The openMSX build system does already support ARM. Debian has binary packages of openMSX ARM available. There are even some routines in openMSX that are manually optimized using ARM assembly.
OpenMSX should build fine if all libraries it depends on are available. The only platform dependent library is SDL and that library has been widely ported (I don't know if it's already available for android).
You should not have to change any actual source code. Though you may need some tweaks in the build scripts for a new platform. I guess these tweaks will be smaller for android than for windows mobile, but I don't have experience with either of these two platforms.
The Visual Studio build, which you were using for creating the Windows Mobile port, only supports two CPUs right now: x86 and x64 (also known as x86_64). You can change the CPU selection using "targetCPU" in "build/msvc/genconfig.py". Like Wouter said, ARM support in the openMSX code is present and working fine. However, the particular combination of Microsoft's compiler with an ARM target has never been tested, so it is possible you'll run into invalid #if preprocessor checks in the code. But those should be easy to fix.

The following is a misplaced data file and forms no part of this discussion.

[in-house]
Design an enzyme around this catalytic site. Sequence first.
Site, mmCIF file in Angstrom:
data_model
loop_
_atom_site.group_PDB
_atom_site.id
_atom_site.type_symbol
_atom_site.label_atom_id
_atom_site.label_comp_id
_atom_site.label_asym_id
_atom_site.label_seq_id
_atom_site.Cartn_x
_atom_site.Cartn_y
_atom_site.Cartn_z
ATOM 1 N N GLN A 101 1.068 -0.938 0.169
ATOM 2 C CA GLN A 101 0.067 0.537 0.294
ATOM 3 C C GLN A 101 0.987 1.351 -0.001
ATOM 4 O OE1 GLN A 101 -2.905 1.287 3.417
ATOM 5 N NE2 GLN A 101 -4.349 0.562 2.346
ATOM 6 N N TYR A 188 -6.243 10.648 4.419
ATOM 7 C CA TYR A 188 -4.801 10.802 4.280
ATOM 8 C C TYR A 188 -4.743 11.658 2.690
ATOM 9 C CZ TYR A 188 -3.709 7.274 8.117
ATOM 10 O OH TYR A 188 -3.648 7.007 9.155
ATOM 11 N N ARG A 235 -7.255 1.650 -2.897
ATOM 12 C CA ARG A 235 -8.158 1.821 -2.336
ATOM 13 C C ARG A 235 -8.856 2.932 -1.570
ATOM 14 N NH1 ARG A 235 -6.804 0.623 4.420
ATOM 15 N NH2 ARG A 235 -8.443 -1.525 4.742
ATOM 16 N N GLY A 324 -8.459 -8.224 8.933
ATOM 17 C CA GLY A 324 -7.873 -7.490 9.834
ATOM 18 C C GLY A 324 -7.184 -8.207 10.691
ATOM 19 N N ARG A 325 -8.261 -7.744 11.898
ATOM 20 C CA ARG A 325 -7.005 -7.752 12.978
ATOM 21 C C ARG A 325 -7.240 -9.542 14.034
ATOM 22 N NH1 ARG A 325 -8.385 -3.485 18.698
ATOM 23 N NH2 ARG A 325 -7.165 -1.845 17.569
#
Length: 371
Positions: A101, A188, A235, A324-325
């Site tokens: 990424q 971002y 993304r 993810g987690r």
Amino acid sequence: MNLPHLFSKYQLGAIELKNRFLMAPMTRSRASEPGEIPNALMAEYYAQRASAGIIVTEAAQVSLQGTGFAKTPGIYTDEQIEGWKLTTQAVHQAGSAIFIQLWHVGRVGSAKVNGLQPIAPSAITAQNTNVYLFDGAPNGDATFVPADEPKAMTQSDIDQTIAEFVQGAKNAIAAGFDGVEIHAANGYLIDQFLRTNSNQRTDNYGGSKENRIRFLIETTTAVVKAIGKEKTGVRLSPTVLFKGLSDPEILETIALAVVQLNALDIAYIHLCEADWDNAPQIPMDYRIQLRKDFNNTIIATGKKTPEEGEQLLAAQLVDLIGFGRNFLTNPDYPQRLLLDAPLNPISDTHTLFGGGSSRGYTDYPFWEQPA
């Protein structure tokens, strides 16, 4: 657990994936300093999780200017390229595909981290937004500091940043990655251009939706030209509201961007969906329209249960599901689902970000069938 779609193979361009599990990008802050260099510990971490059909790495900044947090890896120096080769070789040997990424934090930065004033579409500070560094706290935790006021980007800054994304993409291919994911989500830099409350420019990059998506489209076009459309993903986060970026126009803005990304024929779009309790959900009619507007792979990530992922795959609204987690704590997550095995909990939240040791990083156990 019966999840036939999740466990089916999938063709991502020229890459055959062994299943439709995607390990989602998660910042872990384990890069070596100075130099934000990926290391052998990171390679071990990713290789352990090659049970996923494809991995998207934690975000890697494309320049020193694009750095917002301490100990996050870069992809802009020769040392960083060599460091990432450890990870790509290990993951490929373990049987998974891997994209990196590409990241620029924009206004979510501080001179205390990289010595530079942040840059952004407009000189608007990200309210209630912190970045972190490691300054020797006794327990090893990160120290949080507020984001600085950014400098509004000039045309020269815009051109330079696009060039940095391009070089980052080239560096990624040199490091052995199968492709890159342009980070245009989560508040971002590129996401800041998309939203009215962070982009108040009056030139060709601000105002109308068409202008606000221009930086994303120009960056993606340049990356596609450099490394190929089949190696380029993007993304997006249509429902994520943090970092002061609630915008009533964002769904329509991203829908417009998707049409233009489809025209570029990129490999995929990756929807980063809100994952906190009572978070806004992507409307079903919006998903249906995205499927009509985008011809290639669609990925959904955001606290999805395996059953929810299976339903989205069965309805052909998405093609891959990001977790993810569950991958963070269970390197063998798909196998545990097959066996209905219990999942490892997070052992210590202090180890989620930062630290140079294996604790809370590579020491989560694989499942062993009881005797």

For Android the build part is easier, since as far as I know the native SDK for Android uses the GNU toolchain (gcc, binutils etc). However, as far as I know Android apps are Java programs which can use native code, so you'll need some glue to make openMSX start from Java and give it access to the screen and inputs. Take a look at how other SDL apps were ported. Another possible issue is that Android has its own libc. openMSX can compile with GNU libc (glibc), BSD libc, Microsoft's libc and uClibc, but in each case we had to make some small adjustments to make that possible.
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